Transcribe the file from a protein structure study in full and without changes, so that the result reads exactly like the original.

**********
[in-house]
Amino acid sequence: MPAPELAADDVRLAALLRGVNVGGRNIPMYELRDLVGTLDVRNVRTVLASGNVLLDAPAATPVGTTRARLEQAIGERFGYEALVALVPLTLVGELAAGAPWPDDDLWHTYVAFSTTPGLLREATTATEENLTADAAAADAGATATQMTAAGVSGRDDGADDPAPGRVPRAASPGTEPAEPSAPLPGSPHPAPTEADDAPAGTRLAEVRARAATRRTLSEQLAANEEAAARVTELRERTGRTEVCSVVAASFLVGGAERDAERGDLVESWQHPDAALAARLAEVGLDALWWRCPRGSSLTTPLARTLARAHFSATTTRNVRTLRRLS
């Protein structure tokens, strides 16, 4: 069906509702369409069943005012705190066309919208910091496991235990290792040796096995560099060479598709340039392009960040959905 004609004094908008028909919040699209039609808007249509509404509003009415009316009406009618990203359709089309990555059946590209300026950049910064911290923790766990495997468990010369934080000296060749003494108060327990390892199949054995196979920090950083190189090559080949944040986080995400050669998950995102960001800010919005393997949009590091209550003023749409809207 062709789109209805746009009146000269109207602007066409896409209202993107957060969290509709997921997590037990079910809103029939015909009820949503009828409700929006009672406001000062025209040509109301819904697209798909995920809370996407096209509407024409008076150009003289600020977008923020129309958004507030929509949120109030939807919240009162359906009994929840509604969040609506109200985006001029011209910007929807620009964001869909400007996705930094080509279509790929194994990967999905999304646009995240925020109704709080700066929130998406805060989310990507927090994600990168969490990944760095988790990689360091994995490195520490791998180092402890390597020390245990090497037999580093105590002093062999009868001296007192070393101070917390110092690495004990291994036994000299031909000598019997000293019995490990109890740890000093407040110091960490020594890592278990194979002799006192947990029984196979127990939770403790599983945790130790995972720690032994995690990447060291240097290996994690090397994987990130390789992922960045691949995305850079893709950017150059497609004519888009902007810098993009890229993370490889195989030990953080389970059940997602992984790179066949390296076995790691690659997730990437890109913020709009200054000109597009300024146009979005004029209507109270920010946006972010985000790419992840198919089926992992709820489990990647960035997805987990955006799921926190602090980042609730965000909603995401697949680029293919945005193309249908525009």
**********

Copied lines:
[in-house]
Amino acid sequence: MPAPELAADDVRLAALLRGVNVGGRNIPMYELRDLVGTLDVRNVRTVLASGNVLLDAPAATPVGTTRARLEQAIGERFGYEALVALVPLTLVGELAAGAPWPDDDLWHTYVAFSTTPGLLREATTATEENLTADAAAADAGATATQMTAAGVSGRDDGADDPAPGRVPRAASPGTEPAEPSAPLPGSPHPAPTEADDAPAGTRLAEVRARAATRRTLSEQLAANEEAAARVTELRERTGRTEVCSVVAASFLVGGAERDAERGDLVESWQHPDAALAARLAEVGLDALWWRCPRGSSLTTPLARTLARAHFSATTTRNVRTLRRLS
């Protein structure tokens, strides 16, 4: 069906509702369409069943005012705190066309919208910091496991235990290792040796096995560099060479598709340039392009960040959905 004609004094908008028909919040699209039609808007249509509404509003009415009316009406009618990203359709089309990555059946590209300026950049910064911290923790766990495997468990010369934080000296060749003494108060327990390892199949054995196979920090950083190189090559080949944040986080995400050669998950995102960001800010919005393997949009590091209550003023749409809207 062709789109209805746009009146000269109207602007066409896409209202993107957060969290509709997921997590037990079910809103029939015909009820949503009828409700929006009672406001000062025209040509109301819904697209798909995920809370996407096209509407024409008076150009003289600020977008923020129309958004507030929509949120109030939807919240009162359906009994929840509604969040609506109200985006001029011209910007929807620009964001869909400007996705930094080509279509790929194994990967999905999304646009995240925020109704709080700066929130998406805060989310990507927090994600990168969490990944760095988790990689360091994995490195520490791998180092402890390597020390245990090497037999580093105590002093062999009868001296007192070393101070917390110092690495004990291994036994000299031909000598019997000293019995490990109890740890000093407040110091960490020594890592278990194979002799006192947990029984196979127990939770403790599983945790130790995972720690032994995690990447060291240097290996994690090397994987990130390789992922960045691949995305850079893709950017150059497609004519888009902007810098993009890229993370490889195989030990953080389970059940997602992984790179066949390296076995790691690659997730990437890109913020709009200054000109597009300024146009979005004029209507109270920010946006972010985000790419992840198919089926992992709820489990990647960035997805987990955006799921926190602090980042609730965000909603995401697949680029293919945005193309249908525009």